Access to and use of infertility services in the United States: framing the challenges

Improved underwriting of infertility care must constitute a central goal of the professional societies concerned with access to and use of United States infertility and assisted reproduction technology services.

Eli Y. Adashi, M.D., M.S., Laura A. Dean, B.A.

Volume 105, Issue 5, Pages 1113-1118


An overview of access to and use of general infertility and assisted reproductive technology (ART) services in the United States shows the ever-use of infertility services features declining trends. Moreover, the use of ART services lags relative to other member nations of the Organization for Economic Co-operation and Development (OECD). Access to and use of general infertility and ART services is primarily undermined by a severely constrained underwriting universe dominated by self-insured employers and by a finite number of state infertility insurance mandates. The contribution of traditional public and private payers to the underwriting of ART is limited. As compared with OECD member nations wherein the access to and underwriting of general infertility and ART services is universal, the current status quo in the United States can only be characterized as lugubrious. Further, the current state of affairs is socially unjust in that the right to build a family in the face of infertility appears to have become a function of economic prowess. Given the dominance of the self-insured employers as underwriters of general infertility and ART services, advocacy directed at this interest group is likely to prove most productive. Improving the state of underwriting of general infertility and ART services in the United States must be embraced as a central moral imperative and as an unwavering strategic goal of the professional societies entrusted with the reproductive health of women and men.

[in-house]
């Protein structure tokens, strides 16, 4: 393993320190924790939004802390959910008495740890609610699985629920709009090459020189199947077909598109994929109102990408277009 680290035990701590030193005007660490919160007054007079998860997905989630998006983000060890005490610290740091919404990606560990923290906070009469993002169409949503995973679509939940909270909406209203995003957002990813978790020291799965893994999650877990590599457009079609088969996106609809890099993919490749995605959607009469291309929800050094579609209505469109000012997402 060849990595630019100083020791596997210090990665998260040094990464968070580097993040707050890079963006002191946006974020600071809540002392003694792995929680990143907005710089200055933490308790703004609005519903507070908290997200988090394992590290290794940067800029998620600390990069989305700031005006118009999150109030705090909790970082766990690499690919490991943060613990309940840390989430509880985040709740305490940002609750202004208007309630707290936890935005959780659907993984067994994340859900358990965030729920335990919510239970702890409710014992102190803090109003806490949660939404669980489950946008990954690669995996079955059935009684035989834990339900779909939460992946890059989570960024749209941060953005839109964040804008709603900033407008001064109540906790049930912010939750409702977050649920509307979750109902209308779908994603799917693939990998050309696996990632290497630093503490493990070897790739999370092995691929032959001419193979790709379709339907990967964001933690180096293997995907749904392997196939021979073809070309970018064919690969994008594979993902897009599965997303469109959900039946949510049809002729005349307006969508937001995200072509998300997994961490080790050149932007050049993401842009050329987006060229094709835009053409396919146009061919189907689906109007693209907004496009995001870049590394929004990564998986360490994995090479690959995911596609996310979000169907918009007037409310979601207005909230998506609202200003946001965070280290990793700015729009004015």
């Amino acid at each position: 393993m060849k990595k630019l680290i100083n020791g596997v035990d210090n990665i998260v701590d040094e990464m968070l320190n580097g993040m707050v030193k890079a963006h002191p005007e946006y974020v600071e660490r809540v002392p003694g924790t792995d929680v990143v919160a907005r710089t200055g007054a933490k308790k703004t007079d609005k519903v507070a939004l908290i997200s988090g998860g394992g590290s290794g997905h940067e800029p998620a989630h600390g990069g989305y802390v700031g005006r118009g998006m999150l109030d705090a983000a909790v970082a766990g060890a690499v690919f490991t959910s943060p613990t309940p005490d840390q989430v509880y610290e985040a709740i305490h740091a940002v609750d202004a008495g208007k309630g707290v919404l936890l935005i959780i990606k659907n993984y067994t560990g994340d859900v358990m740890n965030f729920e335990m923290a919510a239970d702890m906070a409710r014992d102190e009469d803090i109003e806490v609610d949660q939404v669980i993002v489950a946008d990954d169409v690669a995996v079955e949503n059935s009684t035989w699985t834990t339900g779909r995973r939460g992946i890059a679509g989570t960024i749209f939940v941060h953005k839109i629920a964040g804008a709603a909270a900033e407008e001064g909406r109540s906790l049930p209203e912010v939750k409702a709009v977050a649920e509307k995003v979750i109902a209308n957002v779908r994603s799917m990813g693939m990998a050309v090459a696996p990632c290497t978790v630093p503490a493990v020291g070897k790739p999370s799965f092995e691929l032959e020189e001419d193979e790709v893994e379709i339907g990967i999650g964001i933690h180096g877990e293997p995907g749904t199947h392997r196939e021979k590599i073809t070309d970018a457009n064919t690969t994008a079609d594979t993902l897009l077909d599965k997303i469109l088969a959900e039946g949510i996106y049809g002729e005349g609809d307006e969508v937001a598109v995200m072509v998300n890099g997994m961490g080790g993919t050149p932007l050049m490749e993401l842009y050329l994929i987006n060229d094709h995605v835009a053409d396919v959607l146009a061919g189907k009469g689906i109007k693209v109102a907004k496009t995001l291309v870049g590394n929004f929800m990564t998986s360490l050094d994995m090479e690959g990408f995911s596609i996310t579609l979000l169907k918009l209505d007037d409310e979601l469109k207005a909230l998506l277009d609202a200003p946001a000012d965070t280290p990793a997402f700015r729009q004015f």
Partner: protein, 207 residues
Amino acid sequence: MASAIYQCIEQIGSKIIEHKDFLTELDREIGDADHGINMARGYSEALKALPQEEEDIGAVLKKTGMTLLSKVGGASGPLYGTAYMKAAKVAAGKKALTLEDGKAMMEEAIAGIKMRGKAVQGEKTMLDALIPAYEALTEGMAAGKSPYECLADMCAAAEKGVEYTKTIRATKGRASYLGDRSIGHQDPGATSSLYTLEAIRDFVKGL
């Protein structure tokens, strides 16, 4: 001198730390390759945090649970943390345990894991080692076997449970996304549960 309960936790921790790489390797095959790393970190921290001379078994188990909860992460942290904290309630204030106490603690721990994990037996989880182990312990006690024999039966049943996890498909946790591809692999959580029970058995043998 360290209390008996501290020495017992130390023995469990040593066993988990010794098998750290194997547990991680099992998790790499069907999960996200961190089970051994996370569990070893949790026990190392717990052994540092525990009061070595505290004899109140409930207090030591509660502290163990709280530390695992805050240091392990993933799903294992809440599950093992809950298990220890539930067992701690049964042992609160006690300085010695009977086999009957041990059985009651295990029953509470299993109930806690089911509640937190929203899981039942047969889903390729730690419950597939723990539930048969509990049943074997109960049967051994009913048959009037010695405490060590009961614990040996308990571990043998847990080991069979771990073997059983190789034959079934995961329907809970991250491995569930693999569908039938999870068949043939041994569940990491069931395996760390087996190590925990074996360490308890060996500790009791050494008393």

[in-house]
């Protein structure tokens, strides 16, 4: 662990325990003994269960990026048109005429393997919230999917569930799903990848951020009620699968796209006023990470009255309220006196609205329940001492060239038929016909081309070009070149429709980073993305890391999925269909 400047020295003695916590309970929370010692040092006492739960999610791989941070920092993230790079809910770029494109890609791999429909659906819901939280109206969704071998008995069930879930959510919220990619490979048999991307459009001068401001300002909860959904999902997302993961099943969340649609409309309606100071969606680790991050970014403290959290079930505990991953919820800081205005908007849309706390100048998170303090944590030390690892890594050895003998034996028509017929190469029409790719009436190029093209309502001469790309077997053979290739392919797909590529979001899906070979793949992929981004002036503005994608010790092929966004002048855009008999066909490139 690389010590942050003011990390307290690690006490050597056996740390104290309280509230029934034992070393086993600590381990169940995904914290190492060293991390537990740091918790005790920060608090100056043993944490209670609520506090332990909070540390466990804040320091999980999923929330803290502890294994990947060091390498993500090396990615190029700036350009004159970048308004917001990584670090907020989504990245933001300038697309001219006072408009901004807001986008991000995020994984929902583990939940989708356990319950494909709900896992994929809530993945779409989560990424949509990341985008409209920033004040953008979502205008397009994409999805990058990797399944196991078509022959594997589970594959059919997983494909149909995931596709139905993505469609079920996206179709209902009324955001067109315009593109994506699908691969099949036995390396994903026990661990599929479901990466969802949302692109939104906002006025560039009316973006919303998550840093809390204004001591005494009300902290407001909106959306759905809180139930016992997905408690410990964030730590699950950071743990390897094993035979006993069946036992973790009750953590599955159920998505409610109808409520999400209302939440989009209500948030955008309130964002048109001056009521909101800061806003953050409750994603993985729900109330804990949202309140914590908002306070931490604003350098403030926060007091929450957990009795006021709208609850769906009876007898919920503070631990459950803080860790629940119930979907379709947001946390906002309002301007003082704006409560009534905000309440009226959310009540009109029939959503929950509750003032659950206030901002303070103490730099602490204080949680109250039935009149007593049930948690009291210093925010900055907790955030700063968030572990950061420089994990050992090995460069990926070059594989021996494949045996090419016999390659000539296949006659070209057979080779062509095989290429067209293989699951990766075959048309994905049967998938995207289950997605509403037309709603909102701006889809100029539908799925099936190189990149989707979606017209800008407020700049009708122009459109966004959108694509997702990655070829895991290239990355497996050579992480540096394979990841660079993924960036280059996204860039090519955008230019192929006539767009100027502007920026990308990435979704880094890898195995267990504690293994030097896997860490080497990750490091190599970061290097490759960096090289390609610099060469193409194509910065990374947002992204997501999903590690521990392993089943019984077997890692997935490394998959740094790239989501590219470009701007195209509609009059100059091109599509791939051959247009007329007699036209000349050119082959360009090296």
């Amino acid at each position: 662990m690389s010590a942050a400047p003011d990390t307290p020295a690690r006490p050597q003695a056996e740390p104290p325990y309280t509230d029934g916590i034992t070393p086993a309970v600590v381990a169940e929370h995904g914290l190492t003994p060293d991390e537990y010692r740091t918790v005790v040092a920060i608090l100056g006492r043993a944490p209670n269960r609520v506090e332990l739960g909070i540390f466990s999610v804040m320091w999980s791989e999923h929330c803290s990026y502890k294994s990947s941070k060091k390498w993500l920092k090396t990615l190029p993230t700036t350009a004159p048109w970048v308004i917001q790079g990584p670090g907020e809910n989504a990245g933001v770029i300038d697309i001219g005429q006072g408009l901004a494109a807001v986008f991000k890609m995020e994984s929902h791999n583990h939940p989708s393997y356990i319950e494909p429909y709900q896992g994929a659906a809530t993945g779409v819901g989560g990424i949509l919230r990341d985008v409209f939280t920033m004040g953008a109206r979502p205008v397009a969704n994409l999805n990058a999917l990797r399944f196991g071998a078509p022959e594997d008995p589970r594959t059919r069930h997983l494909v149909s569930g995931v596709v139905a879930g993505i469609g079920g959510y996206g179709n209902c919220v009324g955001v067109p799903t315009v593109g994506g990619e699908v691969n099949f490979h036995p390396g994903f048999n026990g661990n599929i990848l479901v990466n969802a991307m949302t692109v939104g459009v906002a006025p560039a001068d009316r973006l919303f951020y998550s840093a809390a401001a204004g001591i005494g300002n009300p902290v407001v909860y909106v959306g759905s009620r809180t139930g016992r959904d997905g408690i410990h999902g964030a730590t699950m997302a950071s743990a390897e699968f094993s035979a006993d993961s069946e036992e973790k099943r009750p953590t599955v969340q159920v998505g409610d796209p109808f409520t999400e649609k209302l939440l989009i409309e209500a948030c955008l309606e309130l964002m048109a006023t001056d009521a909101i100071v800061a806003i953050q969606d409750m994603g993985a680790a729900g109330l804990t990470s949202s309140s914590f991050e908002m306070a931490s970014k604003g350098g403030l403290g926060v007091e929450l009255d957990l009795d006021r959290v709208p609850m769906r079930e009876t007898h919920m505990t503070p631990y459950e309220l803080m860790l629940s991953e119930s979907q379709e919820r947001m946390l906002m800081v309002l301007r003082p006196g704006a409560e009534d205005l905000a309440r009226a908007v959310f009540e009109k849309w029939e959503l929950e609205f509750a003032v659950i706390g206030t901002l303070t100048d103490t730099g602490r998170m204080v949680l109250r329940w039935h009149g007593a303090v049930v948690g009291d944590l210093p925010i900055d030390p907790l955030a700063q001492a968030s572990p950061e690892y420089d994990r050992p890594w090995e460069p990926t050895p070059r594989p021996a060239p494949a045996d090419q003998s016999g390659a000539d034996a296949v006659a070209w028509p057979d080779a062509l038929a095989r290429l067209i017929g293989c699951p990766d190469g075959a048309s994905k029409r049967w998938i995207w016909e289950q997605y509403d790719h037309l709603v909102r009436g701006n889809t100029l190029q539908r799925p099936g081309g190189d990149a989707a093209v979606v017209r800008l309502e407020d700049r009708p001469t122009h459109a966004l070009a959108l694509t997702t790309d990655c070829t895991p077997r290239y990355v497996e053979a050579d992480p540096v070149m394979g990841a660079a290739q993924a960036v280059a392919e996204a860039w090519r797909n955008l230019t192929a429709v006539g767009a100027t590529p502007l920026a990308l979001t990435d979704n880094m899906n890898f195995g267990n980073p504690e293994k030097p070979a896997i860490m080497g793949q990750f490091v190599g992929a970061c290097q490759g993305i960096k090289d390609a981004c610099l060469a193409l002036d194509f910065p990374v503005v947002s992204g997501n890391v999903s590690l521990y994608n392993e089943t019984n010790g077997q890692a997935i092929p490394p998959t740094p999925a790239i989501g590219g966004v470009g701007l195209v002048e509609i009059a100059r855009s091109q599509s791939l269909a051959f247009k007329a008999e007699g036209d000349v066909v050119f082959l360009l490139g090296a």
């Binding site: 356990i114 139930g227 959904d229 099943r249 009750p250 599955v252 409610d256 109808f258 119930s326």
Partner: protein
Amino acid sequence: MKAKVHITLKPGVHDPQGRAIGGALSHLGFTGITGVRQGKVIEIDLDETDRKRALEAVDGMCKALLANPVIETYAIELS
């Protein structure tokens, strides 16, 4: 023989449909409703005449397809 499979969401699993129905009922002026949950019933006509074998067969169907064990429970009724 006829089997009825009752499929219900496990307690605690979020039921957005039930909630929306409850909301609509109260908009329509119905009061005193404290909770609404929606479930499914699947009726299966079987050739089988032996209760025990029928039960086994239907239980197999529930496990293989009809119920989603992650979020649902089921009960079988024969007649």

• Jason Kovac

    important topic. Jim Dupree has published a few articles on this subject with a focus on the male side. One was in an issue of the Asian Journal of Andrology that I recently edited (PMID: 27030084) along with a commentary that I wrote with Ryan Smith and L. Lipshultz (PMID: 27048787). Another paper dealing with barriers from Dupree, Jim Smith and Ajay Nangia (PMID: 27054307). Important topic worthy of discussion.

  • Hopefully this article can help start a larger discussion about the enormous challenges regarding access to infertility services in the US. It appears paradoxical and frustrating that while great advances in our field have equipped providers with more options than ever to help patients create families, there is a declining trend of for the ever-use of infertility services.
    Even though the right to procreate may be seen by many as a fundamental human right, there appears to be a widespread misconception that infertility treatment is an entirely elective service (much like elective plastic surgery).
    If this perception cannot be changed by advocacy efforts, the gap between those with and without access to reproductive services will only increase.
    It can only be hoped that this special F+S section, including this article, can increase awareness of the issue, and kick-start efforts that will eventually lead to the necessary changes in perception and policies.

    • Eli Adashi

      Alex, thanks for the thoughtful comments! All best. Eli

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